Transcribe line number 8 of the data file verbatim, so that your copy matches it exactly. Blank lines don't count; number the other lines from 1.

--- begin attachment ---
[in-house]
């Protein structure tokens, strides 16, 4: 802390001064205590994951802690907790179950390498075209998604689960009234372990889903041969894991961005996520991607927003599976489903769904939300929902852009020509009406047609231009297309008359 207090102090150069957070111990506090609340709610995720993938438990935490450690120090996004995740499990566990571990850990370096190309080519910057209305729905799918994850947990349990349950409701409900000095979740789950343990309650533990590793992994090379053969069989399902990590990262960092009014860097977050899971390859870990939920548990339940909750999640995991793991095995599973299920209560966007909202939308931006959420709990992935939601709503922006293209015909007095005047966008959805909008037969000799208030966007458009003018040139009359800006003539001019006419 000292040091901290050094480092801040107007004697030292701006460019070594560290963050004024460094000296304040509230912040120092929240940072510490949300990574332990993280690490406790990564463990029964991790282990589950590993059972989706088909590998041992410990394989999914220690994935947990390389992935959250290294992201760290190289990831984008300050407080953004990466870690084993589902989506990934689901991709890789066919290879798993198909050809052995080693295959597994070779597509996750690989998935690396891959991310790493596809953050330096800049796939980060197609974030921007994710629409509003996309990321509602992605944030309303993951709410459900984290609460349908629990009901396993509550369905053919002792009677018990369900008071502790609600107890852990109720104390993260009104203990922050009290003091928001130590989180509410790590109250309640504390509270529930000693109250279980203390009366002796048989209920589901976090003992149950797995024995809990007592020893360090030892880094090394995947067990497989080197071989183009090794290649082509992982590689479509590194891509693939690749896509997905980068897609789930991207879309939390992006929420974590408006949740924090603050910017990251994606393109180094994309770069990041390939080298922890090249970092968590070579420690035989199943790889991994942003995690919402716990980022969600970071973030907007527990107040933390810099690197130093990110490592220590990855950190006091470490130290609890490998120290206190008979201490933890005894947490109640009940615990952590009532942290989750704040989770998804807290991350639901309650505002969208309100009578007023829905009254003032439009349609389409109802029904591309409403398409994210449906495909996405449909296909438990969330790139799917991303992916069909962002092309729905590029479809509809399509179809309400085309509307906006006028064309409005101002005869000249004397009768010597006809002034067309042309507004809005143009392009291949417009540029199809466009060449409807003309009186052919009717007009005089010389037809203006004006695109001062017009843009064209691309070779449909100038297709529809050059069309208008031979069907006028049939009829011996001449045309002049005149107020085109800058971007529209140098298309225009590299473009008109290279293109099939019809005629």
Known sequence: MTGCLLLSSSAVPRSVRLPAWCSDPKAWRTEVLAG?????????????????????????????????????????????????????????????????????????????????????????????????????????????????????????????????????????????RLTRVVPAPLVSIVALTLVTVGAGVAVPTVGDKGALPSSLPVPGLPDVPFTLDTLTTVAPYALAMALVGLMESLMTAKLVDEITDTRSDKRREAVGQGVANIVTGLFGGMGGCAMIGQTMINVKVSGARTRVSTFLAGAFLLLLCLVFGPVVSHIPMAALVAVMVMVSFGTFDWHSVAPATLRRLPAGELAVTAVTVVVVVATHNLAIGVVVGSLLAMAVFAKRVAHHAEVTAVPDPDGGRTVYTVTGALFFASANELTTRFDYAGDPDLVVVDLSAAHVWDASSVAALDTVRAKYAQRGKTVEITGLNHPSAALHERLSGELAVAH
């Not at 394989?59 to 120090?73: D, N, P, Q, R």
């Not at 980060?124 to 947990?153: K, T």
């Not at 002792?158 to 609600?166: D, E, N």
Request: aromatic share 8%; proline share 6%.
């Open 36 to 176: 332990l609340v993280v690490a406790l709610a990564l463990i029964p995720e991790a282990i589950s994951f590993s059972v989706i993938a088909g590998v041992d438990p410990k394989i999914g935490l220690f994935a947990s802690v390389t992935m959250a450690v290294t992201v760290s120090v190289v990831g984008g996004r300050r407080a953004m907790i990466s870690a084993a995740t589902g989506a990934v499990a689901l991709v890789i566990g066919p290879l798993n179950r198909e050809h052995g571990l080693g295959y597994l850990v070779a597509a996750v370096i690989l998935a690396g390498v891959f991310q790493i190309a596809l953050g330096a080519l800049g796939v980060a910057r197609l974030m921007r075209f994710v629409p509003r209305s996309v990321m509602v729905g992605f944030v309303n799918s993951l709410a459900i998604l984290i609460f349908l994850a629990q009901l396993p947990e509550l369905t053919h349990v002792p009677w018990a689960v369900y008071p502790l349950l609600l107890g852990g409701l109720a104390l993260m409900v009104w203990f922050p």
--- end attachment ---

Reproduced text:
């Open 36 to 176: 332990l609340v993280v690490a406790l709610a990564l463990i029964p995720e991790a282990i589950s994951f590993s059972v989706i993938a088909g590998v041992d438990p410990k394989i999914g935490l220690f994935a947990s802690v390389t992935m959250a450690v290294t992201v760290s120090v190289v990831g984008g996004r300050r407080a953004m907790i990466s870690a084993a995740t589902g989506a990934v499990a689901l991709v890789i566990g066919p290879l798993n179950r198909e050809h052995g571990l080693g295959y597994l850990v070779a597509a996750v370096i690989l998935a690396g390498v891959f991310q790493i190309a596809l953050g330096a080519l800049g796939v980060a910057r197609l974030m921007r075209f994710v629409p509003r209305s996309v990321m509602v729905g992605f944030v309303n799918s993951l709410a459900i998604l984290i609460f349908l994850a629990q009901l396993p947990e509550l369905t053919h349990v002792p009677w018990a689960v369900y008071p502790l349950l609600l107890g852990g409701l109720a104390l993260m409900v009104w203990f922050p």